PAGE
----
The sooner you can work out if you’re having an asthma attack, the faster you can make sure you’re getting appropriate treatment.

Top 5 early signs of an asthma attack

  • Breathing rapidly
  • Coughing, and it won’t stop
  • Wheezing severely
  • Struggling to catch your breath
  • Getting tightness in your chest

If you have been diagnosed with asthma, you will be taught the signs and symptoms of an asthma attack by your doctor so you can be prepared if you have one. If you’ve had an asthma attack in the past, you will be familiar with the signs to look out for in yourself too.. You can also check your asthma action plan which you and your doctor or nurse will create together at your yearly asthma review.

It’s also important to remember that other conditions may have similar symptoms to asthma, so you need to make sure you’re having an asthma attack and not experiencing something else that might require medical attention. If you are unsure if your symptoms are due to your asthma contact a doctor who will be able to ask more questions and examine you to help find the correct treatment.

What Causes an Asthma Attack?

People with asthma often have common triggers that can cause an asthma attack. It is important to try to avoid these triggers if you have asthma, although sometimes this can be difficult.

Common triggers include:

  • infections, such as colds or flus, which can affect your breathing tubes
  • allergies, particularly to pollen, dust mites, animal fur and feathers, which can irritate your breathing tubes
  • smoke, fumes, and pollution, which can make it more difficult to breathe.
  • medicines, particularly anti inflammatory painkillers such as ibuprofen and aspirin which can narrow your airways (bronchospasm)
  • weather conditions, such as cold air, wind, thunderstorms, heat, and humidity, some of which can make common allergies worse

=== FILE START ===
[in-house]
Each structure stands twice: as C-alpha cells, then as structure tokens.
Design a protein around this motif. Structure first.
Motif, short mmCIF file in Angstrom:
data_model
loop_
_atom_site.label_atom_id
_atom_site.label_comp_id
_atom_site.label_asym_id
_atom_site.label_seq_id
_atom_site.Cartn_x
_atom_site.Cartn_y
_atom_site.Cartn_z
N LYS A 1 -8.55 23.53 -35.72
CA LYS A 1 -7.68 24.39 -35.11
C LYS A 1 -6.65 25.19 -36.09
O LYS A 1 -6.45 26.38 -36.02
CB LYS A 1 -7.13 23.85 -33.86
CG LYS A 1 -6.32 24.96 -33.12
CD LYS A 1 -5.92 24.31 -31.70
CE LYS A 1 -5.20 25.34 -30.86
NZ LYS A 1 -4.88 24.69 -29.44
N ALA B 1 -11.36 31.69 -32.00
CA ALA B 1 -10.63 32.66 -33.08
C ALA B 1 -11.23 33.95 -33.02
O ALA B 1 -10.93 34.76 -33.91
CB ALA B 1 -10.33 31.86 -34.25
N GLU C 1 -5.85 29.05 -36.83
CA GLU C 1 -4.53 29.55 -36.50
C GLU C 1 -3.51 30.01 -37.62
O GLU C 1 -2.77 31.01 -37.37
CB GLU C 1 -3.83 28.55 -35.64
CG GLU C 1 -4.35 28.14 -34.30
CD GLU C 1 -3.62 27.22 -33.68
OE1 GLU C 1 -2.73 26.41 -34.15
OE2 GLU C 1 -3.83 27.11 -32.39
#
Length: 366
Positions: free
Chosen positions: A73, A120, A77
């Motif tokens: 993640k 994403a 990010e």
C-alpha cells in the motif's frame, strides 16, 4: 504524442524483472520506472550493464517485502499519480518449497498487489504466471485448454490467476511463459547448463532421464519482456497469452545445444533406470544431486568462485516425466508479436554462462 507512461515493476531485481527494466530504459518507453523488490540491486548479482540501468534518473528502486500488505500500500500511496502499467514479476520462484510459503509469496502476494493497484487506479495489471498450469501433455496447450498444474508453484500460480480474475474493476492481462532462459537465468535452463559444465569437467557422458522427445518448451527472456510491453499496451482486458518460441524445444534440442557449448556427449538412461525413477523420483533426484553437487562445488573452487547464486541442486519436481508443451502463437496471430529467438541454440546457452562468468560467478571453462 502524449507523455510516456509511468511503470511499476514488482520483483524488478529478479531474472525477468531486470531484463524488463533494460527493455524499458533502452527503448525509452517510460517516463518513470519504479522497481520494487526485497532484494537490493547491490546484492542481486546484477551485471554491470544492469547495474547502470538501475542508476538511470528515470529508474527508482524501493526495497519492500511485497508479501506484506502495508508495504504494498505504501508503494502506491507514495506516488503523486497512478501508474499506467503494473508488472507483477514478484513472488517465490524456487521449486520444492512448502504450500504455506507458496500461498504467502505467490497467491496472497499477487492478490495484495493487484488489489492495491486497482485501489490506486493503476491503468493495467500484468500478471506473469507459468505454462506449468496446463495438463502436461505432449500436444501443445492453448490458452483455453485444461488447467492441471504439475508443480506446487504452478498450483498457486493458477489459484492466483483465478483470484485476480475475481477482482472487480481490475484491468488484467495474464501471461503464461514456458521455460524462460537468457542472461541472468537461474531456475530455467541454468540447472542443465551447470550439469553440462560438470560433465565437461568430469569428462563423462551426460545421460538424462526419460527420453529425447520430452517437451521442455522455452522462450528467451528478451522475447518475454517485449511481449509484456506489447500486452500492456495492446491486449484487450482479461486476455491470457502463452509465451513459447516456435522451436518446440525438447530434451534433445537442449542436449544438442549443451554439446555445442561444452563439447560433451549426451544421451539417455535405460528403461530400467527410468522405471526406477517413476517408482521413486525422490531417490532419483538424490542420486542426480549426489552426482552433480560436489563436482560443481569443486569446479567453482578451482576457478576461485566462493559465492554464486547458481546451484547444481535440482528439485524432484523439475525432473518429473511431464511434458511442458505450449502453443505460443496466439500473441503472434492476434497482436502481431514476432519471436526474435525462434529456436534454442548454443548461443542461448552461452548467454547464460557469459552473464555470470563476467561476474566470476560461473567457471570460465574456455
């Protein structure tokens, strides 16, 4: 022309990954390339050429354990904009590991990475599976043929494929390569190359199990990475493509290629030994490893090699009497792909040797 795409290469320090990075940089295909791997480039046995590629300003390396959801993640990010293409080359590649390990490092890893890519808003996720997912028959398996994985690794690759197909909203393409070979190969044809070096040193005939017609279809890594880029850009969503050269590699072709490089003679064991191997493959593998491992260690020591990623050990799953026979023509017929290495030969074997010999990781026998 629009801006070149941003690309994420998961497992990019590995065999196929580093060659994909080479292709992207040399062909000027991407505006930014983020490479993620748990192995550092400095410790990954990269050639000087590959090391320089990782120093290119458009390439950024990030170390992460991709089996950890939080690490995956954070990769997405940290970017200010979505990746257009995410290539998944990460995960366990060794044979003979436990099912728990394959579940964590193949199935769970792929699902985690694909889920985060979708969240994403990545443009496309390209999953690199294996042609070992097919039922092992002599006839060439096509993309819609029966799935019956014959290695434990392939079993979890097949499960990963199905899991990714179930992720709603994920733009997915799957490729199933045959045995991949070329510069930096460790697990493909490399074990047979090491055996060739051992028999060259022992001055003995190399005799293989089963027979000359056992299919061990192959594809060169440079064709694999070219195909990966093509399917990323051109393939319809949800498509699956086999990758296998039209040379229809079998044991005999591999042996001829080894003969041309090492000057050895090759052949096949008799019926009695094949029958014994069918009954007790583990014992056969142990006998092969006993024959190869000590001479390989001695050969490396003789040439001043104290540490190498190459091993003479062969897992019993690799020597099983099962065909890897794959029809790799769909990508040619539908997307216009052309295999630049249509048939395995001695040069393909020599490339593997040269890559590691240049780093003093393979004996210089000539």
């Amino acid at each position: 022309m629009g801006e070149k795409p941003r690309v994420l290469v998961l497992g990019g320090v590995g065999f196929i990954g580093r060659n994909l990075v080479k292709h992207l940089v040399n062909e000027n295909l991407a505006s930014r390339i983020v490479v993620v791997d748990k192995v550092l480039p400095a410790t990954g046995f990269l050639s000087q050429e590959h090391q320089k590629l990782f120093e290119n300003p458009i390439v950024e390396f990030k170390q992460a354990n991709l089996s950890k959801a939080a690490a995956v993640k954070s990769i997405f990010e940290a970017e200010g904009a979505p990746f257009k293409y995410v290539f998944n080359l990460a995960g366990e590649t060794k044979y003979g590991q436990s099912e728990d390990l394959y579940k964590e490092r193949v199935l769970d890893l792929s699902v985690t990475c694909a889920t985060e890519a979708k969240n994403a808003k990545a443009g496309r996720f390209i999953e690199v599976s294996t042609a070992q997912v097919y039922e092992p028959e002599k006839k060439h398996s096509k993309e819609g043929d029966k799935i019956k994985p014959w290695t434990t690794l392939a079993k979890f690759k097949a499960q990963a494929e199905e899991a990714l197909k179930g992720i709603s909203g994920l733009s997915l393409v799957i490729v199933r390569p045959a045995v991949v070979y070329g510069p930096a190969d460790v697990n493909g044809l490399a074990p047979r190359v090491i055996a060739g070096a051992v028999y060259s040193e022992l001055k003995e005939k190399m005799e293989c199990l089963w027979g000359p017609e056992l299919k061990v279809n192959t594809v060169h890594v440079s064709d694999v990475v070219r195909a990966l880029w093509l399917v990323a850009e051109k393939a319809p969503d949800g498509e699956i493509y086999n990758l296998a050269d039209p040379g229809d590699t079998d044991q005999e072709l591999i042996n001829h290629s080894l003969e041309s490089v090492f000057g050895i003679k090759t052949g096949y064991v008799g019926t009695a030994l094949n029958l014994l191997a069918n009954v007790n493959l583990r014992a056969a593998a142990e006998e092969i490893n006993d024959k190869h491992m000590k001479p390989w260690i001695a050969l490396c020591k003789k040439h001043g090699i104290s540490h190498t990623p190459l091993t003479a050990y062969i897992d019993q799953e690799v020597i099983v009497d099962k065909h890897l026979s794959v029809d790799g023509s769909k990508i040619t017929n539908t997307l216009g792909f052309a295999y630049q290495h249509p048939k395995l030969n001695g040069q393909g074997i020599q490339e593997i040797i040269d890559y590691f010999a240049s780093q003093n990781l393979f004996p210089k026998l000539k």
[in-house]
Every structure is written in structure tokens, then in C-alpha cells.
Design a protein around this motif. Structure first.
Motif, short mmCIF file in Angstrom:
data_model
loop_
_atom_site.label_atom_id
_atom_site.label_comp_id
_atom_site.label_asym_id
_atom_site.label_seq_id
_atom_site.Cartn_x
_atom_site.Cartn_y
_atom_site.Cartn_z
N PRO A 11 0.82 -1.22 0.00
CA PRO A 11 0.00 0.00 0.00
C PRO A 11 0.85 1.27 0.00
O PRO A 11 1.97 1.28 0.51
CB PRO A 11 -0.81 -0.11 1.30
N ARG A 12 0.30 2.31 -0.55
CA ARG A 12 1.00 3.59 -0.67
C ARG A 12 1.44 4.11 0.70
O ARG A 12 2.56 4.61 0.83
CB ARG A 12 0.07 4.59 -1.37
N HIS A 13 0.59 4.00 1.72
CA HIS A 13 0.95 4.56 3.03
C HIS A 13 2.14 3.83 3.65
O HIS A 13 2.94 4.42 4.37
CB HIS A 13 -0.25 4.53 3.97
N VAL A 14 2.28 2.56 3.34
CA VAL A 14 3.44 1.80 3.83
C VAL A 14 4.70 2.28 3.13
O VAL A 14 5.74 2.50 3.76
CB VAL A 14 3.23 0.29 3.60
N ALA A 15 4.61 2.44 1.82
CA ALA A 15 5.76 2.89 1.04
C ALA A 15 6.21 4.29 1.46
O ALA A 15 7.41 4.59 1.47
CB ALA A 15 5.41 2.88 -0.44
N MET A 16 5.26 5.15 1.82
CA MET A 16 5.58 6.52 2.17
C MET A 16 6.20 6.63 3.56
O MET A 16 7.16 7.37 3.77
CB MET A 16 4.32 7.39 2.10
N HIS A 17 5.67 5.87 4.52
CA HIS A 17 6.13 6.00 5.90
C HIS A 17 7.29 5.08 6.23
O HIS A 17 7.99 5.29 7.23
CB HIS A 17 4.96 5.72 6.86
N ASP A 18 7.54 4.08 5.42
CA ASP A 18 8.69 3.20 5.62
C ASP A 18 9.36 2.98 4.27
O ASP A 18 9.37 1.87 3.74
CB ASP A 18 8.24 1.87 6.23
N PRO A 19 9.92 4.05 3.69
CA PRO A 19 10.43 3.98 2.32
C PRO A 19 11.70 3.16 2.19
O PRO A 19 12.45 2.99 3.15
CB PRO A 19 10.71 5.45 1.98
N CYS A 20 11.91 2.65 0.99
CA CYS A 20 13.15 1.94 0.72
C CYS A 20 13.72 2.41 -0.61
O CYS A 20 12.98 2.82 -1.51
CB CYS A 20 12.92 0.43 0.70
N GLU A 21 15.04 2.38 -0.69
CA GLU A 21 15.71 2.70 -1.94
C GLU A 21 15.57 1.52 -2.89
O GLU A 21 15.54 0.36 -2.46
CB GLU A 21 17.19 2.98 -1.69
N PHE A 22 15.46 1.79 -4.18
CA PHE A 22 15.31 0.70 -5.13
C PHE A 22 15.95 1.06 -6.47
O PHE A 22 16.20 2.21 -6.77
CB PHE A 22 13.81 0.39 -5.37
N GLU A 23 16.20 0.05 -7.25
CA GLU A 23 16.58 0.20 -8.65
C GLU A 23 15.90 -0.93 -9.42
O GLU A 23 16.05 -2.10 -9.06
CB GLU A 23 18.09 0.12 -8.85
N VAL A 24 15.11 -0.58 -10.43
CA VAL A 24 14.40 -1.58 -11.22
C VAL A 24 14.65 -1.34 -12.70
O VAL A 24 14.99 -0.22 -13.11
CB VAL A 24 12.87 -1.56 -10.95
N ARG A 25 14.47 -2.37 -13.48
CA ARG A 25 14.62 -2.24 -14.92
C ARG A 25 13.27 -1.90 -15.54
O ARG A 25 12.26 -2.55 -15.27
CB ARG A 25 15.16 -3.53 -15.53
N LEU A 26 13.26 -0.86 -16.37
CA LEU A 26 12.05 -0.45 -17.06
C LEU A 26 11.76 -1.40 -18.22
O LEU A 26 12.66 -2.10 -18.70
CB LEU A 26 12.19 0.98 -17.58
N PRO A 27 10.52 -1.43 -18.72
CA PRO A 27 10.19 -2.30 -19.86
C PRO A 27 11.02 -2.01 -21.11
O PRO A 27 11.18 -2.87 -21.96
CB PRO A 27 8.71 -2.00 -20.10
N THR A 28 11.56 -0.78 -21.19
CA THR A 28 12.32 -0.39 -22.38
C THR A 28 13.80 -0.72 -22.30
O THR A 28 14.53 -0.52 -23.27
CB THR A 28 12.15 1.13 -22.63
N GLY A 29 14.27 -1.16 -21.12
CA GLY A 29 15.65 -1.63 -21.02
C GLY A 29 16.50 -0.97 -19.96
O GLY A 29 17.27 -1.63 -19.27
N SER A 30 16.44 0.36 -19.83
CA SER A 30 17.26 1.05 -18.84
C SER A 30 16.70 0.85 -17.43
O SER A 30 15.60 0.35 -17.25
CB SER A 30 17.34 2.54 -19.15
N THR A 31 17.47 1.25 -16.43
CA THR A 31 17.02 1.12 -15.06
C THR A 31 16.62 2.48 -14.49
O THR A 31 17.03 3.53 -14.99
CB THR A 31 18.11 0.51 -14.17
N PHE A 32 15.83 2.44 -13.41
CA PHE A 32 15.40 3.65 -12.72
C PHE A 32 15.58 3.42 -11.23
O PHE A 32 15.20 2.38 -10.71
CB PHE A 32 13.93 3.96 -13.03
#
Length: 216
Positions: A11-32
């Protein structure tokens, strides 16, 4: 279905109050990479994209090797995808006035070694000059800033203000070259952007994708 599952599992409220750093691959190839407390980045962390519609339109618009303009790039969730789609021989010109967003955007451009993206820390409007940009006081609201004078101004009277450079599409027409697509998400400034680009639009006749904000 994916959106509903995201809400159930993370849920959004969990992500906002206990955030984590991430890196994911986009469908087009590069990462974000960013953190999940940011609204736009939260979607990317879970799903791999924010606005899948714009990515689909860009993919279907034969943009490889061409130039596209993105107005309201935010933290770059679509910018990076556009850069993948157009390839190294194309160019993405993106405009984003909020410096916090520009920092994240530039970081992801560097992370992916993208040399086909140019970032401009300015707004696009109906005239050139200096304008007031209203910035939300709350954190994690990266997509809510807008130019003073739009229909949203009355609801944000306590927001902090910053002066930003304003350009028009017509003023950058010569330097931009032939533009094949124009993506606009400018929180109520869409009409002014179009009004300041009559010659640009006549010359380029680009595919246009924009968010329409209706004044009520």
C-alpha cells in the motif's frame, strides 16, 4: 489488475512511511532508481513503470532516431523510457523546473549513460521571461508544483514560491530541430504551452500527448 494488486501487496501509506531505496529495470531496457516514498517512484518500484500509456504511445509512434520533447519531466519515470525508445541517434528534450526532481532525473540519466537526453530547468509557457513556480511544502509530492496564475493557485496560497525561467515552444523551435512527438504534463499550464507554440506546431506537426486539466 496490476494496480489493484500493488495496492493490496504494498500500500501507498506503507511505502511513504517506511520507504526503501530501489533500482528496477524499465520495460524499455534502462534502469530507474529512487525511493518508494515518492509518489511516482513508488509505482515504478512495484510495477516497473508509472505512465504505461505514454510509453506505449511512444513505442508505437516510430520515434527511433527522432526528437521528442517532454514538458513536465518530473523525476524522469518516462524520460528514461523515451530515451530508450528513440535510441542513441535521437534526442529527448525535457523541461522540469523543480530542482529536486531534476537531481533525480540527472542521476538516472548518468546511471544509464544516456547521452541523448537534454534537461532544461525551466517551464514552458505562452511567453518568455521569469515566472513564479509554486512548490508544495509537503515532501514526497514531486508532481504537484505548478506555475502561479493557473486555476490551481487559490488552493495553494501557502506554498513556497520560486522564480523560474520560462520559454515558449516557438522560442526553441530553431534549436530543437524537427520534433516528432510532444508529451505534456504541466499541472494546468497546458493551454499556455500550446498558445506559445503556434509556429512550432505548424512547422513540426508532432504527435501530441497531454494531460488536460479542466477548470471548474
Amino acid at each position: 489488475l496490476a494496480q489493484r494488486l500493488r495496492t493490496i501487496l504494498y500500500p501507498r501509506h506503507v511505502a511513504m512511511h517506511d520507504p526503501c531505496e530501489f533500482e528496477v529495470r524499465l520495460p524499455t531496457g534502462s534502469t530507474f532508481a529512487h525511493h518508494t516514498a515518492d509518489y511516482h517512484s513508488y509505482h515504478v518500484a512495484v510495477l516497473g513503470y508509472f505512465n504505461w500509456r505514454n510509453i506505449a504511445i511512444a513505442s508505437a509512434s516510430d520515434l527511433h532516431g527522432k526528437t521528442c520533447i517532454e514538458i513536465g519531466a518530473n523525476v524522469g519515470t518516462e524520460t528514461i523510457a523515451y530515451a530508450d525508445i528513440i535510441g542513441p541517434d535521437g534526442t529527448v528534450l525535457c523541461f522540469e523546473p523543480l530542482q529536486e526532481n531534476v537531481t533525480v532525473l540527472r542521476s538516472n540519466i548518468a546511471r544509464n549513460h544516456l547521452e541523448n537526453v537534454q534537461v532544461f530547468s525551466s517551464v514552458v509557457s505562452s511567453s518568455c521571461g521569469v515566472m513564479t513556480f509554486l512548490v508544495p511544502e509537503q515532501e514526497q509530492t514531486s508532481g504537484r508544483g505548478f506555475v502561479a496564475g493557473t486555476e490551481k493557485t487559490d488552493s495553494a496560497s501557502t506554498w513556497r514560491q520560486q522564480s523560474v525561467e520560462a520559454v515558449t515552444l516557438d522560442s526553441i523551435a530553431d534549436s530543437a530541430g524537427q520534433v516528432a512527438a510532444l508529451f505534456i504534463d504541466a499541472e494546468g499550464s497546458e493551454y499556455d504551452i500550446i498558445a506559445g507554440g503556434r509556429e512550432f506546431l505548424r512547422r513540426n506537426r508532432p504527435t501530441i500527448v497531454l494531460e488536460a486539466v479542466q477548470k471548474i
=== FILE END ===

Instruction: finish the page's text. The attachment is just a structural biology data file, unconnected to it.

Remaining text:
• mould and damp, which can cause an allergic reaction and lead to an attack if you have allergic asthma
  • strenuous exercise, which can narrow your airways

Work related asthma triggers

Asthma can be linked with substances you may be exposed to at work. This is called ‘work related asthma’ or “occupational asthma”.

The most common causes include:

  • chemicals usually found in spray paint (isocyanates)
  • flour and grain dust
  • animals
  • colophony
  • latex
  • wood dust

This usually affects bakers, pastry makers, nurses, chemical workers, animal handlers, and food processing workers who are typically exposed to these substances. However, any kind of job that puts you in contact with chemicals could cause your asthma. If you develop asthma symptoms on starting a new job or your symptoms get better when you are away from work contact your GP. They will speak to you about specialist referral to help diagnose and manage your symptoms.

How to Treat an Asthma Attack?

How to treat an asthma attack will depend on what triggered your asthma and the severity of the attack. Not everyone experiences asthma in the same way, so how one person treats an asthma attack may be different to how another person does.

The most common way to treat a mild asthma attack is with a reliever inhaler at home.

Severe asthma attacks may require an urgent doctor appointment or emergency medical assistance.

What to do if you’re having an asthma attack

If you think you’re having an asthma attack:

  • Sit upright, and try to remain calm